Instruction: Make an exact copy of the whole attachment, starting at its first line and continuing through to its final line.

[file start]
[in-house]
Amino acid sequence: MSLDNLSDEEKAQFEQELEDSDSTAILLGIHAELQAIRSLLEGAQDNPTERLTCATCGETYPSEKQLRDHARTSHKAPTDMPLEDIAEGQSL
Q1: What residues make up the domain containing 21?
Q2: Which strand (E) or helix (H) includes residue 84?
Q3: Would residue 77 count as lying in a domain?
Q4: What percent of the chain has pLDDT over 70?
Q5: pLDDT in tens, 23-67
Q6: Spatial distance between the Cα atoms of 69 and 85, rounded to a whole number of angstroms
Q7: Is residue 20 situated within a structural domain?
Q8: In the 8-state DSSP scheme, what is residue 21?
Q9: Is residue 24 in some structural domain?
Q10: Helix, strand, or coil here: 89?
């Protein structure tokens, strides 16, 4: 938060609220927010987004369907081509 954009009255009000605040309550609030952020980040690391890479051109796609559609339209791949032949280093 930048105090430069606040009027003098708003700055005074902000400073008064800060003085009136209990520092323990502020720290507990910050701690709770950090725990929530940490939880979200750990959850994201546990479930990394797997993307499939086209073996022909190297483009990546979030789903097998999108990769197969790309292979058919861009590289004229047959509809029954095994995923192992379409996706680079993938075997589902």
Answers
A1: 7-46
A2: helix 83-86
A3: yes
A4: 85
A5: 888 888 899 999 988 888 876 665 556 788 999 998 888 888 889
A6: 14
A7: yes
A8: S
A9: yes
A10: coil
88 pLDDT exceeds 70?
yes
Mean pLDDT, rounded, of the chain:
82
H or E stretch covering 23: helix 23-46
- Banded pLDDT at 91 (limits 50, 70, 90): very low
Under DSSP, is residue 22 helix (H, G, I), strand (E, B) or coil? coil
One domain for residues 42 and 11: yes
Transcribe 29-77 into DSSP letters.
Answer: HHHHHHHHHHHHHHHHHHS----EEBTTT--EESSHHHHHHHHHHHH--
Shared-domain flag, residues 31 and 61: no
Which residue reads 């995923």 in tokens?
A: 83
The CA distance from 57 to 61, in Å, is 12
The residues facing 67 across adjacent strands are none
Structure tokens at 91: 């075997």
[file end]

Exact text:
[in-house]
Amino acid sequence: MSLDNLSDEEKAQFEQELEDSDSTAILLGIHAELQAIRSLLEGAQDNPTERLTCATCGETYPSEKQLRDHARTSHKAPTDMPLEDIAEGQSL
Q1: What residues make up the domain containing 21?
Q2: Which strand (E) or helix (H) includes residue 84?
Q3: Would residue 77 count as lying in a domain?
Q4: What percent of the chain has pLDDT over 70?
Q5: pLDDT in tens, 23-67
Q6: Spatial distance between the Cα atoms of 69 and 85, rounded to a whole number of angstroms
Q7: Is residue 20 situated within a structural domain?
Q8: In the 8-state DSSP scheme, what is residue 21?
Q9: Is residue 24 in some structural domain?
Q10: Helix, strand, or coil here: 89?
């Protein structure tokens, strides 16, 4: 938060609220927010987004369907081509 954009009255009000605040309550609030952020980040690391890479051109796609559609339209791949032949280093 930048105090430069606040009027003098708003700055005074902000400073008064800060003085009136209990520092323990502020720290507990910050701690709770950090725990929530940490939880979200750990959850994201546990479930990394797997993307499939086209073996022909190297483009990546979030789903097998999108990769197969790309292979058919861009590289004229047959509809029954095994995923192992379409996706680079993938075997589902």
Answers
A1: 7-46
A2: helix 83-86
A3: yes
A4: 85
A5: 888 888 899 999 988 888 876 665 556 788 999 998 888 888 889
A6: 14
A7: yes
A8: S
A9: yes
A10: coil
88 pLDDT exceeds 70?
yes
Mean pLDDT, rounded, of the chain:
82
H or E stretch covering 23: helix 23-46
- Banded pLDDT at 91 (limits 50, 70, 90): very low
Under DSSP, is residue 22 helix (H, G, I), strand (E, B) or coil? coil
One domain for residues 42 and 11: yes
Transcribe 29-77 into DSSP letters.
Answer: HHHHHHHHHHHHHHHHHHS----EEBTTT--EESSHHHHHHHHHHHH--
Shared-domain flag, residues 31 and 61: no
Which residue reads 């995923």 in tokens?
A: 83
The CA distance from 57 to 61, in Å, is 12
The residues facing 67 across adjacent strands are none
Structure tokens at 91: 């075997």